Yesterday was Super Bowl 51 where the New England Patriots faced-off against the Atlanta Falcons, and the Patriots triumphed. As one of the most watched programmes in the United States, it’s no surprise prime-time advertising slots have crept up to the flabbergasting $5 million mark.
If you’re not a football fan, fear not because this year’s selection of adverts barely even feature the sport. Instead it’s a plethora of weird stuff, a smattering of celebrity cameos, a few gender stereotypes and the inevitable nods to politics. This is our round-up of just some of the ads that touched down on screen last night, so lean back, grab some nachos and check it out.
BBDO New York: Snickers, A Live Super Bowl Commercial
Snickers made the world’s first live Super Bowl commercial starring Adam Driver, in a Wild West scene where everything (intentionally) goes wrong. The cowboys’ fake gunshots go off too soon causing some badly improvised deaths, the set collapses and Adam, aka Jeremiah, is left standing awkwardly amid the destruction. Well executed and funny, the ad is a great twist on the perils of live broadcasting.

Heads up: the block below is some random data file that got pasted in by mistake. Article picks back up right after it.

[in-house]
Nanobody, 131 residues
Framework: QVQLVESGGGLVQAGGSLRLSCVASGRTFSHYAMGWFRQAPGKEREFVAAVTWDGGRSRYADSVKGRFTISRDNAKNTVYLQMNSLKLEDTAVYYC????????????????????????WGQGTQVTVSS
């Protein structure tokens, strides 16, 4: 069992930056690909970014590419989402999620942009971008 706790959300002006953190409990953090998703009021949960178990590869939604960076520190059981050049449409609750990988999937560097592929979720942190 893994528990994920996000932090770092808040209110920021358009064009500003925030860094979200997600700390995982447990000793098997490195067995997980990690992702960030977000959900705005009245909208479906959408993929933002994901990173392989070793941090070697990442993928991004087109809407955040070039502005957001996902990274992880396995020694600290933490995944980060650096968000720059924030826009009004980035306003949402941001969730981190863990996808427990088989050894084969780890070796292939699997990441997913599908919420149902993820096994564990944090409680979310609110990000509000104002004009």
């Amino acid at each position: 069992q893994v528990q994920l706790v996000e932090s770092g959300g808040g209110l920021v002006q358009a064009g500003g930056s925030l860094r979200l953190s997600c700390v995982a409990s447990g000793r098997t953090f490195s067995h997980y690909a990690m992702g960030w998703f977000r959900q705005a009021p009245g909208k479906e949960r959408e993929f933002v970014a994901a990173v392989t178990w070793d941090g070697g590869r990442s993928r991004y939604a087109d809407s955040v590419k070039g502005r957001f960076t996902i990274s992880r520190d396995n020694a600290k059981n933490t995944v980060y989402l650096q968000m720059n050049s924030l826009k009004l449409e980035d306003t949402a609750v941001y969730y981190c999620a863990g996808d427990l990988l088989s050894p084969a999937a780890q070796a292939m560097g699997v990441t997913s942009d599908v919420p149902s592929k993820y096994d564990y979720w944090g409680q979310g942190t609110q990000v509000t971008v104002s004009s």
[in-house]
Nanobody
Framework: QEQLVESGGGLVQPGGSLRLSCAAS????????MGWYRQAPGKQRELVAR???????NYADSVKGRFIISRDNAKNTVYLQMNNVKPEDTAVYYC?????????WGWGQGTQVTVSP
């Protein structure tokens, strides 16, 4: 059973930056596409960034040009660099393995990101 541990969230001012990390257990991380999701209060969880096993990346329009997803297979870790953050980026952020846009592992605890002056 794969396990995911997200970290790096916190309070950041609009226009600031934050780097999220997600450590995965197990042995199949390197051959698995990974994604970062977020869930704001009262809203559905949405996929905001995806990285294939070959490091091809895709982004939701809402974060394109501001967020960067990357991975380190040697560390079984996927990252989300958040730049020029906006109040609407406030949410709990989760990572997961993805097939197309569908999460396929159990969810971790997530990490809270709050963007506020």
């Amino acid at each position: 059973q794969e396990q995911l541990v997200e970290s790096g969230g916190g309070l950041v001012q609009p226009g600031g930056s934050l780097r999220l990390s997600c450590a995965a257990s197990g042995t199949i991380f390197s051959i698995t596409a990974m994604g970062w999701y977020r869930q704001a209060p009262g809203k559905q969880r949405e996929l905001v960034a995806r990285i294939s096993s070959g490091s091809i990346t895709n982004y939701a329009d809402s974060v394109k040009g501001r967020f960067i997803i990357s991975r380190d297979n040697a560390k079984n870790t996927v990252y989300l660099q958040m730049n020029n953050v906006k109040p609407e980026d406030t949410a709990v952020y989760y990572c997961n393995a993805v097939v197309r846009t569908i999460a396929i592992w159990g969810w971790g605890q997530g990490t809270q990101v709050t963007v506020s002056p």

Adam & Eve/DDB: Skittles, Romance
Released two weeks before the big game, this 30-second ad tells the story of young love. Titled Romance, a teenage boy repeatedly throws Skittles into a girl’s window to get her attention. She’s too busy eating the delicious, multi-coloured candy to answer and her family get in on the act too. It’s simple but it certainly makes you want to eat Skittles instantly, despite the very audible saliva slurps.
Venables Bell & Partners: Audi, Daughters
Audi’s 60-second spot addresses gender pay quality through a story about a father and daughter. With an American Dream sheen, the daughter is zipping around in a go-kart as her father’s voiceover poses questions like: “What should I tell my daughter….that she will automatically be valued less than every man she’ll ever meet?”